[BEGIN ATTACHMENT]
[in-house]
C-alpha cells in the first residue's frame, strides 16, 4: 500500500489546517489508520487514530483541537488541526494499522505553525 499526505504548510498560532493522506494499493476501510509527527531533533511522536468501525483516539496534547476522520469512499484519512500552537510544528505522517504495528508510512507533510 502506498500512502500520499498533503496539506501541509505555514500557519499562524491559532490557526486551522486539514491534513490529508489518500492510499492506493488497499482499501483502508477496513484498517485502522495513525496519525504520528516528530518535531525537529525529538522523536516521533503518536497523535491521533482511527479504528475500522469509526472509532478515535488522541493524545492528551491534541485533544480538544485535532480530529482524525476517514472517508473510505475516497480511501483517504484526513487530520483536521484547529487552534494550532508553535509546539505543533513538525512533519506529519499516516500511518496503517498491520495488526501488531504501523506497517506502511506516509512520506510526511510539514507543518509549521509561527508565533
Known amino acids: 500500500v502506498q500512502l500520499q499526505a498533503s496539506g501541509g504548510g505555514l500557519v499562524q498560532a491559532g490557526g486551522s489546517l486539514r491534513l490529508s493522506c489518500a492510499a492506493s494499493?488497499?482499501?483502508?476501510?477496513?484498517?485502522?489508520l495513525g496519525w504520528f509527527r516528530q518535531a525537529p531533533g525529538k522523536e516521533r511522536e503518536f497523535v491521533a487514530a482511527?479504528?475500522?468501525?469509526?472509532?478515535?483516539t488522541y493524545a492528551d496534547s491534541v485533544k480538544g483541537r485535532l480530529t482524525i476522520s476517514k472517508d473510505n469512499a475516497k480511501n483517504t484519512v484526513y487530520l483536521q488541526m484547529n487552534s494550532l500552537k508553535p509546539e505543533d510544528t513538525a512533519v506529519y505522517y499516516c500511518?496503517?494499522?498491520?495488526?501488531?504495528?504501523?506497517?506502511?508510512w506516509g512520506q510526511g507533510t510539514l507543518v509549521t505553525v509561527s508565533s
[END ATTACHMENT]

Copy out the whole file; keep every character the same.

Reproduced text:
[in-house]
C-alpha cells in the first residue's frame, strides 16, 4: 500500500489546517489508520487514530483541537488541526494499522505553525 499526505504548510498560532493522506494499493476501510509527527531533533511522536468501525483516539496534547476522520469512499484519512500552537510544528505522517504495528508510512507533510 502506498500512502500520499498533503496539506501541509505555514500557519499562524491559532490557526486551522486539514491534513490529508489518500492510499492506493488497499482499501483502508477496513484498517485502522495513525496519525504520528516528530518535531525537529525529538522523536516521533503518536497523535491521533482511527479504528475500522469509526472509532478515535488522541493524545492528551491534541485533544480538544485535532480530529482524525476517514472517508473510505475516497480511501483517504484526513487530520483536521484547529487552534494550532508553535509546539505543533513538525512533519506529519499516516500511518496503517498491520495488526501488531504501523506497517506502511506516509512520506510526511510539514507543518509549521509561527508565533
Known amino acids: 500500500v502506498q500512502l500520499q499526505a498533503s496539506g501541509g504548510g505555514l500557519v499562524q498560532a491559532g490557526g486551522s489546517l486539514r491534513l490529508s493522506c489518500a492510499a492506493s494499493?488497499?482499501?483502508?476501510?477496513?484498517?485502522?489508520l495513525g496519525w504520528f509527527r516528530q518535531a525537529p531533533g525529538k522523536e516521533r511522536e503518536f497523535v491521533a487514530a482511527?479504528?475500522?468501525?469509526?472509532?478515535?483516539t488522541y493524545a492528551d496534547s491534541v485533544k480538544g483541537r485535532l480530529t482524525i476522520s476517514k472517508d473510505n469512499a475516497k480511501n483517504t484519512v484526513y487530520l483536521q488541526m484547529n487552534s494550532l500552537k508553535p509546539e505543533d510544528t513538525a512533519v506529519y505522517y499516516c500511518?496503517?494499522?498491520?495488526?501488531?504495528?504501523?506497517?506502511?508510512w506516509g512520506q510526511g507533510t510539514l507543518v509549521t505553525v509561527s508565533s